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  1.    #161  
    Quote Originally Posted by DHart
    These are perfect examples of stretching iffy information beyond the snapping point. Just how can you be so ****-sure that these numbers are accurate? You make statements based on what you claim are rock solid facts. It is preposterous to state that your county has 0.000089% coverage for WiFi. Sure its not 0.000090%? Are you positive the census for your county is right? And how do you know how many access points there really are? Is it possible that all of your rock solid facts have foundations that are sinking in mud because the statistics you are using are based on guesses or surveys that are doubtful to begin with?

    I am not cocksure it is knowldge of statistics / standard deviations, etc would allow for rounding and other errors of up to 5%.....but lets say far as the census....errr....geography doesn't include census numbers. Let's say the reporting of wifi spots is off by a factor of 2....but let's say it's off by a factor of 100.

    So let's take 0.0089 and multiply it by 100 and then multiple that answer by 100.....if the numbers are off by a factor of 10,000 to 1, then we have geagraphic coverage of almost 1 %.....whoo hoo.....I have a 0.9 chance in 100 of being in a WiFi spot if the numbers are off by 10,000 to 1 !

    Jack, people skew numbers every day to fit their purposes. If you talk to WiFi promoting organizations, WiFi is taking over the world very rapidly.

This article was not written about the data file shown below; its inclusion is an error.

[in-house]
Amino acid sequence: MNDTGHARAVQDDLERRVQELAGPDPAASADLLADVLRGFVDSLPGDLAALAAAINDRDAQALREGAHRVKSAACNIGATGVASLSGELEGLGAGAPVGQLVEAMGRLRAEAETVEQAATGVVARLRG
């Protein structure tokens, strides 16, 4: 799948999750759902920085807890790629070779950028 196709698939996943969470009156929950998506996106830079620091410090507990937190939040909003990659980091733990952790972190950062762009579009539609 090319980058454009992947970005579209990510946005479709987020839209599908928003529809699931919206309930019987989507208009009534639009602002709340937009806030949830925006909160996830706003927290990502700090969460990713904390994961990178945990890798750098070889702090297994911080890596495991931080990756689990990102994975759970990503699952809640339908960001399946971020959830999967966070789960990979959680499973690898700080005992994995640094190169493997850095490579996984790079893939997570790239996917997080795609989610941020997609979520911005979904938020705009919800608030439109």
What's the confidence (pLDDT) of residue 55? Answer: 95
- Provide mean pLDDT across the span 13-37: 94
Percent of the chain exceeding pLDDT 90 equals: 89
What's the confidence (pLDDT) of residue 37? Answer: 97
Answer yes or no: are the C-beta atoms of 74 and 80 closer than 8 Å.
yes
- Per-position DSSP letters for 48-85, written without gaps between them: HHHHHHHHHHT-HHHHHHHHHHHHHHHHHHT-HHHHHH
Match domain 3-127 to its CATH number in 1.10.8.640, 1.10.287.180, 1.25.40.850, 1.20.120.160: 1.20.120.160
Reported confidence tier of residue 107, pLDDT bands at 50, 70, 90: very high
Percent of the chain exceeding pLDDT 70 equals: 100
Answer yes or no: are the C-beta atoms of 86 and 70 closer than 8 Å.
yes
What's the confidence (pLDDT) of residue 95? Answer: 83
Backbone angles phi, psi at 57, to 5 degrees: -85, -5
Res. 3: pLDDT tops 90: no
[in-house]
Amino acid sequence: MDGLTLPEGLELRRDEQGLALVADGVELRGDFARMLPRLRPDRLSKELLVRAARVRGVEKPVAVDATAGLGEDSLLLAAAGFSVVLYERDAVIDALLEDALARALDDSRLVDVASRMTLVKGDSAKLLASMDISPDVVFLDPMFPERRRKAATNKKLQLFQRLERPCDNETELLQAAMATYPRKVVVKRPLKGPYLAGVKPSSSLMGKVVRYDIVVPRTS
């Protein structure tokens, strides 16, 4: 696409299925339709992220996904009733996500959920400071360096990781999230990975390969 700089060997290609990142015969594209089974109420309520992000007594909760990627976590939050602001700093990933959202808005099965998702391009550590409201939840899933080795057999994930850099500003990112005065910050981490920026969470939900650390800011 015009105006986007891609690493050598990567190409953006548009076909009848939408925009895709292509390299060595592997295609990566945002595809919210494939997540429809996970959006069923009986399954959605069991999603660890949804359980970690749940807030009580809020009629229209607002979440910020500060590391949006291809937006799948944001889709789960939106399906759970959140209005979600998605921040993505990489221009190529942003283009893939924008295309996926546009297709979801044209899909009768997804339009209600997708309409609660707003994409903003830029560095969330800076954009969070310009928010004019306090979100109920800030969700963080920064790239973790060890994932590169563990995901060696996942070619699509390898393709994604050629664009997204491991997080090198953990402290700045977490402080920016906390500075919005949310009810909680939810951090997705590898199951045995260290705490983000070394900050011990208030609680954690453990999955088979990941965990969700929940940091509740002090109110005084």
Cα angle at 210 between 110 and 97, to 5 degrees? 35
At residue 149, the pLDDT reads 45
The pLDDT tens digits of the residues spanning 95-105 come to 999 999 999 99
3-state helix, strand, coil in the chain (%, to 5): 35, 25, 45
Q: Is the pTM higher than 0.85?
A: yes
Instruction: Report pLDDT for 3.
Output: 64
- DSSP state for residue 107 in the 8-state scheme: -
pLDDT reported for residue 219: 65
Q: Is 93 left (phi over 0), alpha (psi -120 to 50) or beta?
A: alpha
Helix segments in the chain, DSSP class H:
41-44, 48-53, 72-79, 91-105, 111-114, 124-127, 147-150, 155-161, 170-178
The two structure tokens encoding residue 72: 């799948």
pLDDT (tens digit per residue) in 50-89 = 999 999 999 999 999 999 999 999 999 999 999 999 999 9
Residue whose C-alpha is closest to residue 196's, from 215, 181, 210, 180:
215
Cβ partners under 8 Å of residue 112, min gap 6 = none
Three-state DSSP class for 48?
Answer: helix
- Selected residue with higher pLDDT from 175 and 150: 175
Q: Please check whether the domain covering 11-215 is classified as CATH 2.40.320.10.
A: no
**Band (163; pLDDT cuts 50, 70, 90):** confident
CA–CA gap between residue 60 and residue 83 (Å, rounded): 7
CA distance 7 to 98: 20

How do you skew geography ? The number of square miles within an area is fixed....albeit for some adjustments between high and low tide. As far as the number of hot spots, let look at motivation for skewing numbers......will a dude have more hits at his site if he shows 30 spots or 300 spots....I gotta go with if there's any "skewing" going on, it's gonna be in a direction that is contrary to your argument.

    Just because you don't see the need doesn't mean there aren't many many others who DO see the need. If Palm releases a phone with integrated WiFi - no cards, no sleds - I predict it will be a big seller.
    What I see has never been part of my postulation. I said that:

    1. Within my professional organization (47,000 members) I could find no business leader in 12 states who has gone with mobile WiFi.

    2. I said only 1 in 20 complain when a phone doesn't have WiFi in CNet

    3. I said geographical coverage in US of A is miniscule

    4. I said that people who are buying Treos still in record numbers do not seem to be worried about lack of WiFi.

    Now as item 3 above changes...and it is changing rapidly....more and more people will want WiFi. Right now the demand for WiFi is like the demand for snow tires....people know they want to get them and they will find a use for them....eventually....but it is in the future so they ain't gonna worry about it right at this moment.

    I don't know just how pervasive WiFi i in Europe but I gotta think that reviewers will tend to poo poo Lennon if it come sout without WiFi in Europe.....I see it knocking sales down maybe 10 - 35 % but again that's pure conjecture w/o knowing the Euro market better.

    In the US of A.....and a release pre-Xmas....I don't see it knocking down sales more than 5- 10%. Then again, Lennon US gotta have something if it ain't got HSDPA, then it better damn well have WiFi or the customer's thinking of upgrades will be saying WhyWhy ? The problem for Palm is, I have seen a 2nd report that Cingular halted the HSDPA rollout while it "gets its house in order". Coming out w/ an HSDPA phone when there's too little HSDPA infrastructure again leaves the "WhyWhy" question.....maybe that's the reason behind the rumored "testing delays".